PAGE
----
The main event begins shortly after the commencement of the interactive terrier and stick horse races. The first horse race commences at 12:30 with the last race finishing around 4:30 in the afternoon. Below the Race Tower in the Winner’s Circle, you can watch the presentation of the winning horse, jockey and trainer following the races. For more information about each jockey, who they represent and each horse’s statistics, be sure to pick up one of Montpelier’s Race Programs at the event. Onlookers can join in by betting on their favorite horses and riders as well. While there are no pari-mutuel wagering at the races, people get together and have pools to make wagers on each race. There is often even a bookie at the events.
Tailgating at the Montpelier Hunt Races
Horse racing in Virginia is a special occasion. See the theme below for this year’s Tailgate Contest.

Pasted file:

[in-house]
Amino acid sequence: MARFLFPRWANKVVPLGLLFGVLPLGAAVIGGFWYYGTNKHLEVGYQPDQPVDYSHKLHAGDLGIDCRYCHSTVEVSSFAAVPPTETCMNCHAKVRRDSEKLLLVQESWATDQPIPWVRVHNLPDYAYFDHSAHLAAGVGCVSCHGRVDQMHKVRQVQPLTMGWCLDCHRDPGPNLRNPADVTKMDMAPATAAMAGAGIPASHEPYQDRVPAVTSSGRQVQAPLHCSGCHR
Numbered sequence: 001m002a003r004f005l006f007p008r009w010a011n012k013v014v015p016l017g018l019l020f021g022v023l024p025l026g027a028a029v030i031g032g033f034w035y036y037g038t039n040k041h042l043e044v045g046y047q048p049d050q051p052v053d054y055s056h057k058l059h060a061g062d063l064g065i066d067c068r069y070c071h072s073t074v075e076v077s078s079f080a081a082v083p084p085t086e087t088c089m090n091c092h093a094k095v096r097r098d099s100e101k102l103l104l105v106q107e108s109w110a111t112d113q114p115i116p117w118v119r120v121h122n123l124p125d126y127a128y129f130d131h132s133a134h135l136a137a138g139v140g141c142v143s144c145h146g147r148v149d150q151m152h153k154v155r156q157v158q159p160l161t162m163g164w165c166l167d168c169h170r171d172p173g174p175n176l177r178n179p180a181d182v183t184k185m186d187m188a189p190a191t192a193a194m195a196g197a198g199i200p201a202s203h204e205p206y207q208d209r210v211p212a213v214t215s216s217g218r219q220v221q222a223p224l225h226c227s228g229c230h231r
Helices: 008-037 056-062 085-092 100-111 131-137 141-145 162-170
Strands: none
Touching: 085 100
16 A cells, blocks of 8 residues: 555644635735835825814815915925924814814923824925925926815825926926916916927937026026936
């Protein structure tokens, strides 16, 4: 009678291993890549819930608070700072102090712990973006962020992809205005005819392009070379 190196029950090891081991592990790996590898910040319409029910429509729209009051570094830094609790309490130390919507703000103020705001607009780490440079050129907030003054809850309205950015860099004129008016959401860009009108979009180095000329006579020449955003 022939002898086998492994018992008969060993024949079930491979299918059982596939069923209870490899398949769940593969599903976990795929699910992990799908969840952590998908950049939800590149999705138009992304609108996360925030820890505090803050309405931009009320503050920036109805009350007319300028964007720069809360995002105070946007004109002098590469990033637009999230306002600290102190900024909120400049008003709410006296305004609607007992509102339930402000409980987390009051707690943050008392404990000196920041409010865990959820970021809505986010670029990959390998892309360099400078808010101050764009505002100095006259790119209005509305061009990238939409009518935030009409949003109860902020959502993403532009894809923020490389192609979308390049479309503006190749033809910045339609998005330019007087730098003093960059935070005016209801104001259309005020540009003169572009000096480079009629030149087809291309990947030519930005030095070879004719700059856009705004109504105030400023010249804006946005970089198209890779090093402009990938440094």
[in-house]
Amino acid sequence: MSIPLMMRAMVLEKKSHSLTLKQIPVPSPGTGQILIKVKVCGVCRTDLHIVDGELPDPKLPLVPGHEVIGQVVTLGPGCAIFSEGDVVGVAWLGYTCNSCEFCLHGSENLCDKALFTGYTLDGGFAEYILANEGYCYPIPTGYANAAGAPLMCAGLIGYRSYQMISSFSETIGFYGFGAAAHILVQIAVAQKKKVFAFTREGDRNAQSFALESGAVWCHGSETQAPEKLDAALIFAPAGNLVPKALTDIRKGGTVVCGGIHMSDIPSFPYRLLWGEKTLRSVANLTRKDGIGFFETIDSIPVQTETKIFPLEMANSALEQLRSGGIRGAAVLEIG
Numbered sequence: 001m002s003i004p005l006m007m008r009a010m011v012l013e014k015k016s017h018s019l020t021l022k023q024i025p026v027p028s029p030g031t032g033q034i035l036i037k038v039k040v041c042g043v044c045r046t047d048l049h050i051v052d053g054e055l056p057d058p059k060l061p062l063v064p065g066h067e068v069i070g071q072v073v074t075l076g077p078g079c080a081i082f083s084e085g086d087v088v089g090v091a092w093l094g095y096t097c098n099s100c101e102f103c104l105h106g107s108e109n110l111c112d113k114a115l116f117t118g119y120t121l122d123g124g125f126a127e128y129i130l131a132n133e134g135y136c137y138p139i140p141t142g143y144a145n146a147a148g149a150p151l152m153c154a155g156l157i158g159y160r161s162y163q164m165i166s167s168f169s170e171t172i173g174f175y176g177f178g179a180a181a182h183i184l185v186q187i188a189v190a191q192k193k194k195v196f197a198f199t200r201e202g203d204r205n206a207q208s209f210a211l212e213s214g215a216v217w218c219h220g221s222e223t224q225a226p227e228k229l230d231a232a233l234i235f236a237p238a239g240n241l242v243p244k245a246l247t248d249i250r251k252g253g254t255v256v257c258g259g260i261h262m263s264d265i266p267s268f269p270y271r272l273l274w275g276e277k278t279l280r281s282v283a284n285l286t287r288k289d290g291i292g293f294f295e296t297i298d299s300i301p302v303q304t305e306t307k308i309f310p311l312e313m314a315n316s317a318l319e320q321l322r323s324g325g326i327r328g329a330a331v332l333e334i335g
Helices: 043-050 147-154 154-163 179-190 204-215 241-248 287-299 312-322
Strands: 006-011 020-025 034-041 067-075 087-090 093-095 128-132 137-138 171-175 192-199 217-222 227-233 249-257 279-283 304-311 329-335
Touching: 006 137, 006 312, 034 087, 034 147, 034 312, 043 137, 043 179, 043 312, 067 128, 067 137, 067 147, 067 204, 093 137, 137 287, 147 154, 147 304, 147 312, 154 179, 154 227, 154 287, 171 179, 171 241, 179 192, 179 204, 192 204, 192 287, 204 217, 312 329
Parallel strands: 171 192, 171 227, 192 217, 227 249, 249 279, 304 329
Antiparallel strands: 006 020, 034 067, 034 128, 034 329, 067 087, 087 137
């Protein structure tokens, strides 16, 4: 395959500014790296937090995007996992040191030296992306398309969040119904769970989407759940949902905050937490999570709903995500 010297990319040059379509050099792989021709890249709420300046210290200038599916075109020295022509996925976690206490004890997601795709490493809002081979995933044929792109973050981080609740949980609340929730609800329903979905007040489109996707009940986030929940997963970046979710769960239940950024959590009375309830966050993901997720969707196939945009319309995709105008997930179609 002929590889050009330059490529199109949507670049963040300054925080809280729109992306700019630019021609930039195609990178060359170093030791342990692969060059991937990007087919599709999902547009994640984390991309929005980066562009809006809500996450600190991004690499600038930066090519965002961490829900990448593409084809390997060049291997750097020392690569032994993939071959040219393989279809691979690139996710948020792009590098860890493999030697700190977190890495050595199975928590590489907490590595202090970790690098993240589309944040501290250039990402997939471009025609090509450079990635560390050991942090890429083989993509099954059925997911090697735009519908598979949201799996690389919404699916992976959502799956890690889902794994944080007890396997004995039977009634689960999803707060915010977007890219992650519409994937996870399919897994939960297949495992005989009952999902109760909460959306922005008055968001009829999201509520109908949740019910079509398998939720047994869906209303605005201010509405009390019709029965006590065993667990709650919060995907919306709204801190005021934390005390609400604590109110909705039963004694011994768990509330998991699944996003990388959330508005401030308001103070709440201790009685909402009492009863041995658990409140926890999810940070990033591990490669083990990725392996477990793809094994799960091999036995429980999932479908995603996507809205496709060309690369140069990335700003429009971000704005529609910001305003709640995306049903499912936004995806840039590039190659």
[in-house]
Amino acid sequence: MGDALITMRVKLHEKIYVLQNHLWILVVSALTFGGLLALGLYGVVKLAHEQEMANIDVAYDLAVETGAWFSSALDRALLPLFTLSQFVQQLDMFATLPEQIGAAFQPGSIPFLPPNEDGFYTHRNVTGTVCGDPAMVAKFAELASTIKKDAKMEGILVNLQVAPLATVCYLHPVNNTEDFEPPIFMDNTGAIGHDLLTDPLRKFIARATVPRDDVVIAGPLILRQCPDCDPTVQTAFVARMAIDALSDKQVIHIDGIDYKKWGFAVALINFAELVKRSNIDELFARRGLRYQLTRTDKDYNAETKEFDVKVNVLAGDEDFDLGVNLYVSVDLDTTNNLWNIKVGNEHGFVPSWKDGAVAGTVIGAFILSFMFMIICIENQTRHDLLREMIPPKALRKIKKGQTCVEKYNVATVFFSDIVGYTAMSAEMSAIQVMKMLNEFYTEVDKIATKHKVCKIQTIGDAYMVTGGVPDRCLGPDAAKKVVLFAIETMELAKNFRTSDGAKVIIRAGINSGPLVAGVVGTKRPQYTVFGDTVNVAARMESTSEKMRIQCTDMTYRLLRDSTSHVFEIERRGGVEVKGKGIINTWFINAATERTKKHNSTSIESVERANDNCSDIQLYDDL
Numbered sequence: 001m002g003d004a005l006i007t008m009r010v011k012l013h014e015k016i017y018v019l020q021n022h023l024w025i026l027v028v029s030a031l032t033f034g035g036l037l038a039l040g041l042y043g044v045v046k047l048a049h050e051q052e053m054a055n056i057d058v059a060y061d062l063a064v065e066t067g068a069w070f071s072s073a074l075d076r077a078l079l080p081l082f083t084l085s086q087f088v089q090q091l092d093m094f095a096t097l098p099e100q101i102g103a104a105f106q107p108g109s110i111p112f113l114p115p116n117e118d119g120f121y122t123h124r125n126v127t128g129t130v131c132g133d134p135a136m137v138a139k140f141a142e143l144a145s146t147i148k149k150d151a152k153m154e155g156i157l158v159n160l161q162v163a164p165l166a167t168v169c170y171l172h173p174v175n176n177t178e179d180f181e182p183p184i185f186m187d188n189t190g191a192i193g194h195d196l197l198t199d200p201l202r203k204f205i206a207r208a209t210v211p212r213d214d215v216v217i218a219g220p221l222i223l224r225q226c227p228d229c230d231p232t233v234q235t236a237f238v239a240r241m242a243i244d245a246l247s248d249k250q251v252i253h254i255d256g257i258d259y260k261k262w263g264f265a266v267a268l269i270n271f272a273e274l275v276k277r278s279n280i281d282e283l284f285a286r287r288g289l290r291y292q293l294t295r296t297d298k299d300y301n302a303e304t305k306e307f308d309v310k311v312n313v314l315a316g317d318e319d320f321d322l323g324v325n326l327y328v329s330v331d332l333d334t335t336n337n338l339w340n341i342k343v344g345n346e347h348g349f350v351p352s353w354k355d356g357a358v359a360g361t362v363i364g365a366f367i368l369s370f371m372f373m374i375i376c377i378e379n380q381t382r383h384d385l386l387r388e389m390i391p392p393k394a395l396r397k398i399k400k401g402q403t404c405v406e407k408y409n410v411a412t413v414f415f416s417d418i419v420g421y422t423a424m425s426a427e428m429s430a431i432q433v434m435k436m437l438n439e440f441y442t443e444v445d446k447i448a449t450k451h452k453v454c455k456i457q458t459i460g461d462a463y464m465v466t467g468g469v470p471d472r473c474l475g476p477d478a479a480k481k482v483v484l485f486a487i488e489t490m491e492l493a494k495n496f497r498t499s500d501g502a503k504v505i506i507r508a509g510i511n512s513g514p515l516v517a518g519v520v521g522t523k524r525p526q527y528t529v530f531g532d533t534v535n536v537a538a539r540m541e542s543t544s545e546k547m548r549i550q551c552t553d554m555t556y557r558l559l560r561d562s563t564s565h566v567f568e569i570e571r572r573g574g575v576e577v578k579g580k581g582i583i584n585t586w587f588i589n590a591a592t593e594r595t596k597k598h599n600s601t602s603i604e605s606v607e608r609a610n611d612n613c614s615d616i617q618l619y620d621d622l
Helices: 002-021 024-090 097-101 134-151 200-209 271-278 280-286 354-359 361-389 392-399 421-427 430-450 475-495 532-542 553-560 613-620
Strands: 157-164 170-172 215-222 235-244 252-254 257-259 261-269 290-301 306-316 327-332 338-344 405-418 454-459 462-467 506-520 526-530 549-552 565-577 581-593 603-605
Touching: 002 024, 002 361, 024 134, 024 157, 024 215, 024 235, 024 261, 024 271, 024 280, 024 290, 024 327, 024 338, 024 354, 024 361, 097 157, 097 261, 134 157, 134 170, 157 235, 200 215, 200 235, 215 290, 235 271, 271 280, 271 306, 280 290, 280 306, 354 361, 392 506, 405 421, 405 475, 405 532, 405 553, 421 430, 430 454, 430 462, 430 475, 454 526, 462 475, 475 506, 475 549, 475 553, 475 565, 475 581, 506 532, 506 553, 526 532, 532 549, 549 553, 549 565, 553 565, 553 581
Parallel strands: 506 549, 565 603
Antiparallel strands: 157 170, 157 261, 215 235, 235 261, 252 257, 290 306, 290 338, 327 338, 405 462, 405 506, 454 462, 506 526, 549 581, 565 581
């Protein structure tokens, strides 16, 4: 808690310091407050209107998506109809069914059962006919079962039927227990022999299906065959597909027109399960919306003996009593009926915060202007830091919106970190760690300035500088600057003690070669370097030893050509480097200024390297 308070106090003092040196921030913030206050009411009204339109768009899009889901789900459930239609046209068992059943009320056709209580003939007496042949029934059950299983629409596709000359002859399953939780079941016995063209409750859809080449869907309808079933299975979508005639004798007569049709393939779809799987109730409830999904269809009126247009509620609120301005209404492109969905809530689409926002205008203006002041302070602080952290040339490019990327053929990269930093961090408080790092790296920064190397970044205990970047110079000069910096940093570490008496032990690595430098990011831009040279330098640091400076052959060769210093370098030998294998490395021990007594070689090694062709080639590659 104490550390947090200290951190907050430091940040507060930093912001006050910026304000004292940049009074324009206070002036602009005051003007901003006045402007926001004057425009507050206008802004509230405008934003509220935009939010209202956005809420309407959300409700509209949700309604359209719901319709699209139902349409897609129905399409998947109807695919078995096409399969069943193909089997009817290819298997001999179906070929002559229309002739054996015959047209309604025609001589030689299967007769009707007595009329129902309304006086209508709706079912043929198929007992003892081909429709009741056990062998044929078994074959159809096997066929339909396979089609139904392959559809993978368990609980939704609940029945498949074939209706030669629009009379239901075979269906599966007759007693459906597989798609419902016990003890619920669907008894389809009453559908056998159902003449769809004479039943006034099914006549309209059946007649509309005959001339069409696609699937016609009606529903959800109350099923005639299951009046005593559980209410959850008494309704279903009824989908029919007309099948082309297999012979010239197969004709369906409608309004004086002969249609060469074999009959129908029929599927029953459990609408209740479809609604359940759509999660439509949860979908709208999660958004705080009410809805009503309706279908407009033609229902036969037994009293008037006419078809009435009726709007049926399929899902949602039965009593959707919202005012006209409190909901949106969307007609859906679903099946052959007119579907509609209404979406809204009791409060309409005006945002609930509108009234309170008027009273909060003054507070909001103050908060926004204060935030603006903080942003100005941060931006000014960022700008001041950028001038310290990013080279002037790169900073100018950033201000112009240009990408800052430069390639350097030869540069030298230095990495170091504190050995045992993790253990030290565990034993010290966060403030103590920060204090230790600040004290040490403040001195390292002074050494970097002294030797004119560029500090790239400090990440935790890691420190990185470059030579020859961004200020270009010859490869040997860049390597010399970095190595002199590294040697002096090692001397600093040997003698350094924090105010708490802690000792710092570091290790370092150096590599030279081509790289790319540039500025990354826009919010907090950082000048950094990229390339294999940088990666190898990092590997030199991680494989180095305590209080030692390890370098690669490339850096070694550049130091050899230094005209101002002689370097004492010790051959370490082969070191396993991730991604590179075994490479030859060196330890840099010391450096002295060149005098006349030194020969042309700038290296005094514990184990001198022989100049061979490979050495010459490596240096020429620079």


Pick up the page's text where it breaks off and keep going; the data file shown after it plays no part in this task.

The theme can inspire your tailgate, your attire, or perhaps even a craft cocktail to share with your tailgating party. Each tailgate’s spread provides for a spectacle almost as impressive as the horses racing along the track. Montpelier tailgate spreads range from simple sandwiches and decor to elaborate crystal candelabras and flower arrangements. The upscale picnic provisions brought in boast mouthwatering delicacies. Participants place charcuterie boards with local cheeses and cured meats, accompanied by jams and garnished with sprigs of seasonal herbs, atop colorful linens. Nestled within steaming pots, tailgate hosts ladle out hot chili to warm their guests up. Bottles of champagne rest in pewter coolers alongside tea sets.
How to Participate in the Montpelier Tailgate Contest